IgG4-related kidney disease - FUE | ... IgG4-related kidney disease Lynn D. Cornell, MD From the Division

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  • Seminars in Diagnostic Pathology (2012) 29, 245-250

    IgG4-related kidney disease

    Lynn D. Cornell, MD

    From the Division of Anatomic Pathology, Department of Laboratory Medicine and Pathology, Mayo Clinic, Rochester,

    Minnesota.

    IgG4-related kidney disease is a term that refers to any form of renal involvement by IgG4-related disease (IgG4-RD), a recently recognized systemic immune-mediated disease. The most common renal manifestation is IgG4-related tubulointerstitial nephritis (IgG4-TIN), which presents as acute or chronic renal insufficiency, renal mass lesions, or both. On biopsy, IgG4-TIN shows a plasma cell–rich interstitial inflammatory infiltrate with increased IgG4� plasma cells, along with expansile interstitial fibrosis; tubular basement membrane immune complex deposits are common. IgG4-TIN usually shows a brisk response to immunosuppressive therapy. Glomeruli may be affected by IgG4-RD, usually in the form of membranous glomerulonephritis. Other patterns of glomerular disease include IgA nephrop- athy, membranoproliferative glomerulonephritis, and endocapillary or mesangioproliferative immune complex glomerulonephritis. IgG4-related plasma cell arteritis has also been observed in the kidney. This review describes the histopathologic and immunophenotypic patterns of renal involvement by IgG4-RD, with associated clinical, radiographic, and serologic features. © 2012 Elsevier Inc. All rights reserved.

    KEYWORDS Interstitial nephritis; Immune complex; IgG4-related disease; Membranous glomerulonephritis; Membranous nephropathy

    r

    IgG4-related kidney disease (IgG4-RKD) is the term used to refer to any pattern of renal involvement by IgG4- related disease (IgG4-RD).1 As with other medical kidney diseases, IgG4-RKD can be described in terms of changes to the different “compartments” in the kidney: the tubules and interstitium, the glomeruli, and the vessels. In the kidney, IgG4-RD manifests most commonly as tubulointerstitial nephritis (TIN), which may be mass forming and detected on radiographic examination. Glomerular disease, in partic- ular membranous glomerulonephritis (MGN), may also be seen in IgG4-RD, with or without concurrent IgG4-related TIN (IgG4-TIN). A lesion of the arteries, IgG4-related plasma cell arteritis, has also been observed.2 The kidney may also be affected by extrarenal manifestations of IgG4- RD, including ureteral inflammatory pseudotumor or retro- peritoneal fibrosis.3-5 This article will review the different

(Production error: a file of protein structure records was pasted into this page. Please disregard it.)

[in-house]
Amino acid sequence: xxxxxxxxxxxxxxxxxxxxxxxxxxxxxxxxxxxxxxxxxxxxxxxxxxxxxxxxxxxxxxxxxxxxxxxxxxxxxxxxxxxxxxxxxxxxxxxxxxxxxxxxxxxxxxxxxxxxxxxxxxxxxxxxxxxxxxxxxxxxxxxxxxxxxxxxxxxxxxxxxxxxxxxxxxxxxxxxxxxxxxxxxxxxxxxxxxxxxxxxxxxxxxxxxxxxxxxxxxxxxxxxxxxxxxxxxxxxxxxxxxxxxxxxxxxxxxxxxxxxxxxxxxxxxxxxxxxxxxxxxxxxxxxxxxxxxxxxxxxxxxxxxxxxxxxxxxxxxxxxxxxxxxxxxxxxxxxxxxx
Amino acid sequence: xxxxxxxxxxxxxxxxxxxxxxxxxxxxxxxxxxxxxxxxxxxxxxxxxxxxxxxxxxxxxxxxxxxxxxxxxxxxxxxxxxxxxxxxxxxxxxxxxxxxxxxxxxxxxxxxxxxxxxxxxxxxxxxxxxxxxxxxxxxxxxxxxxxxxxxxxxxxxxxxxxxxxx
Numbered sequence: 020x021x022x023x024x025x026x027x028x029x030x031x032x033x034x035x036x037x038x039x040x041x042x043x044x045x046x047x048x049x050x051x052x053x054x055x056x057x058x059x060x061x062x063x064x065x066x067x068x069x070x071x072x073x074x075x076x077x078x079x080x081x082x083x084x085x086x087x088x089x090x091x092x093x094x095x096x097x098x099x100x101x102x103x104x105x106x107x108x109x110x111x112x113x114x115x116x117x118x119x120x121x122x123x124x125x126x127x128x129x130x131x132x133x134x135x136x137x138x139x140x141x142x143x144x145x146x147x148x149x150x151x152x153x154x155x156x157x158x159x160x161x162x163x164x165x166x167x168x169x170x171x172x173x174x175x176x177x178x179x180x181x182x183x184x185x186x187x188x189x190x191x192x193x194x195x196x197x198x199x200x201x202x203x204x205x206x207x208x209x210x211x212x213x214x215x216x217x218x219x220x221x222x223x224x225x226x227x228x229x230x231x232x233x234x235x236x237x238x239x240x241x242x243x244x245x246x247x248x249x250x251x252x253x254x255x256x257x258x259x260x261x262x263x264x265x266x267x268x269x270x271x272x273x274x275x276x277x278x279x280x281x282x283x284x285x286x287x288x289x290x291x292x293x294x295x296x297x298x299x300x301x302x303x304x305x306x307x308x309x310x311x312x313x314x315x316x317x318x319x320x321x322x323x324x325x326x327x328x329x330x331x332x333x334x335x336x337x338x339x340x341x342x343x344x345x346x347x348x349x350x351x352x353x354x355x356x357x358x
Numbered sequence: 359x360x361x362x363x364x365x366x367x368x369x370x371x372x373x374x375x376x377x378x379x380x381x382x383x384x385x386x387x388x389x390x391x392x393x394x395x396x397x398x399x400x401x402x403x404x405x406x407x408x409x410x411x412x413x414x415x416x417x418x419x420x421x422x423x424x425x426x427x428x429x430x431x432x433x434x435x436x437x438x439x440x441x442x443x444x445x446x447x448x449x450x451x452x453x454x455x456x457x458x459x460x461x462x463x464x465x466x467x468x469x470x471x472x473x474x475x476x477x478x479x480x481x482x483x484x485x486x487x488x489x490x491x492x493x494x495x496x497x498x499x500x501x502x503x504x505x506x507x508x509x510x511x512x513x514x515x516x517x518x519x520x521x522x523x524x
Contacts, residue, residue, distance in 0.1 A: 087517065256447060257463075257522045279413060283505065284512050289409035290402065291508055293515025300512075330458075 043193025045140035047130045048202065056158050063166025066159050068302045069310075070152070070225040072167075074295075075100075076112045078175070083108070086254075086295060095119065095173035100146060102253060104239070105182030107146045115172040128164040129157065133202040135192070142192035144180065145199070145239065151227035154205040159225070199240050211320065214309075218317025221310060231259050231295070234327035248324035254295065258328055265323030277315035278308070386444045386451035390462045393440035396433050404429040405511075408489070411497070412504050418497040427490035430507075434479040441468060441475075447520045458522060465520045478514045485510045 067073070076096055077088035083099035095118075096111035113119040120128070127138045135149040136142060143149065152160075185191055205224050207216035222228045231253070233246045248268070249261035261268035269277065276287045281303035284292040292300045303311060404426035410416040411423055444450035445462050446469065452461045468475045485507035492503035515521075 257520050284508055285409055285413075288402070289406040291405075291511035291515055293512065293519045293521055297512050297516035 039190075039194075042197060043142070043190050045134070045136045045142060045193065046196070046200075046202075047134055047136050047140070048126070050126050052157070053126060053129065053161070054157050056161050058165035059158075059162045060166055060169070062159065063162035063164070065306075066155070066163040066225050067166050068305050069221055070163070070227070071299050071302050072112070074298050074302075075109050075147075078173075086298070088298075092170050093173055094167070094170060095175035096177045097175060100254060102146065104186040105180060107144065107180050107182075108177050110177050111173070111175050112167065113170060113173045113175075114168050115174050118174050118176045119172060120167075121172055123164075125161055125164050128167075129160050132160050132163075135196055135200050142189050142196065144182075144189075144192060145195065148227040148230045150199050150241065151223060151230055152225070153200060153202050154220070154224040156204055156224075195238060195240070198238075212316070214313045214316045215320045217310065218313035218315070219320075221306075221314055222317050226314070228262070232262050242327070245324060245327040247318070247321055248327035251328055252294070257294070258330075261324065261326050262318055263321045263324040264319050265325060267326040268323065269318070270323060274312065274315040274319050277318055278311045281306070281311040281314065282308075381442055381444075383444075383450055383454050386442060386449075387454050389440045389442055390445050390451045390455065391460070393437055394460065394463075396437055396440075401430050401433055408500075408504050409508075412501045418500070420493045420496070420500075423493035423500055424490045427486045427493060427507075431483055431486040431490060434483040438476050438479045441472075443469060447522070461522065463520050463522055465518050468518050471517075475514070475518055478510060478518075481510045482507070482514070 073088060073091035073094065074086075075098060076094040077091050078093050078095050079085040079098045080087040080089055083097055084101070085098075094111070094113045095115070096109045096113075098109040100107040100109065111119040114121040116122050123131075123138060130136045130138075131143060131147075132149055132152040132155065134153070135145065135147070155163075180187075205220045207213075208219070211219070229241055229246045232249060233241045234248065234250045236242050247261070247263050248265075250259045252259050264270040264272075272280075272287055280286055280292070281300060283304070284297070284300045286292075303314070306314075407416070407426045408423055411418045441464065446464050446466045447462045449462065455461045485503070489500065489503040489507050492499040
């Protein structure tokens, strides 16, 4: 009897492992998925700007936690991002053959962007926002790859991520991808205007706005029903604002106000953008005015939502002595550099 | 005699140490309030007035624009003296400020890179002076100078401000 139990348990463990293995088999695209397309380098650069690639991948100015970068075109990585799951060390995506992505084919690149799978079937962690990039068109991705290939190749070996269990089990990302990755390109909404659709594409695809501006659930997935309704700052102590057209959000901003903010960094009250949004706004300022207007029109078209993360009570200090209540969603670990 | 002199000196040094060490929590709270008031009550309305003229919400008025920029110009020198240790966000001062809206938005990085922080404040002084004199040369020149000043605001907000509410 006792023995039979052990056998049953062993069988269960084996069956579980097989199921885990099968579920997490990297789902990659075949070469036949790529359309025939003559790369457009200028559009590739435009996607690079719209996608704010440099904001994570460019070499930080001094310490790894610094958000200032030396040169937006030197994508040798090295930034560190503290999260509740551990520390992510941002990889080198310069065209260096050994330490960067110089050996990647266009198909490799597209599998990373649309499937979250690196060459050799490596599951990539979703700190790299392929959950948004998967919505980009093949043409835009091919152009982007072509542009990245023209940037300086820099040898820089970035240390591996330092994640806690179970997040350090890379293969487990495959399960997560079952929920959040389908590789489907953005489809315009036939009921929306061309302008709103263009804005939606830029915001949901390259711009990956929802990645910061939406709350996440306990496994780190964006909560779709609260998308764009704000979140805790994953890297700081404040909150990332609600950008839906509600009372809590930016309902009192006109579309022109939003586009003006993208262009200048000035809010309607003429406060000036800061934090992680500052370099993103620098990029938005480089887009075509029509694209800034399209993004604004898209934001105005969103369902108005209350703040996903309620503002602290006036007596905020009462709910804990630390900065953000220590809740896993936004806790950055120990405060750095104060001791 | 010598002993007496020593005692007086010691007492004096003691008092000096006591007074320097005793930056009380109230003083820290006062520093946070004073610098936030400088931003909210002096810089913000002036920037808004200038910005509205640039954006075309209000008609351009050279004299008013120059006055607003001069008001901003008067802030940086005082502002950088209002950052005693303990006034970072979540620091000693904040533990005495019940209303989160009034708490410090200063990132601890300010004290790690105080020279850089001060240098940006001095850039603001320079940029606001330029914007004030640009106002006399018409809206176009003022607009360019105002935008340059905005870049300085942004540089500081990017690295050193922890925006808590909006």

Address reprint requests and correspondence: Lynn D. Cornell, MD, Division of Anatomic Pathology, Department of Laboratory Medicine and Pathology, Mayo Clinic, Rochester, MN 55905.

    E-mail address: cornell.lynn@mayo.edu.

    0740-2570/$ -see front matter © 2012 Elsevier Inc. All rights reserved. http://dx.doi.org/10.1053/j.semdp.2012.07.004

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    patterns of renal involvement by IgG4-RD, with associated clinical, radiographic, and serologic features.

    Clinical presenting features of IgG4-RKD

    IgG4-TIN in the kidney may present as masses evident on radiographic studies, as acute or progressive chronic renal failure, or both.6 Tissue samples of radiographic lesions eveal TIN.7 Patients with TIN may have mild proteinuria

    and microscopic hematuria on urinalysis, and those with MGN usually present with heavy proteinuria or nephrotic syndrome.8 IgG4-related retroperitoneal fibrosis or ureteral inflammatory pseudotumor may lead to renal failure due to obstruction.3-5

    IgG4-related tubulointerstitial disease

    IgG4-TIN, the most commonly recognized pattern of renal involvement by IgG4-RD, is a specific type of im-

    mune-mediated TIN that can be distinguished from other

    ax Hospital - JCon June 07, 2016. right ©2016. Elsevier Inc. All rights reserved.

    mailto:cornell.lynn@mayo.edu http://dx.doi.org/10.1053/j.semdp.2012.07.004

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    246 Seminars in Diagnostic Pathology, Vol 29, No 4, November 2012

    types of TIN by clinical, radiographic, laboratory, histo- logic, and immunophenotypic features.9 IgG4-TIN has been bserved in IgG4-RD patients both with and without pan- reatic involvement; in some patients the disease is confined o the kidney. A lesion similar to IgG4-TIN, chronic scle- osing pyelitis, an inflammatory mass that affects the renal elvis, has also been described.10 Raissian et al and Saeki et l have collected data on the two largest biopsy series of gG4-TIN at 35 and 23 cases, respectively.6,11 Both of these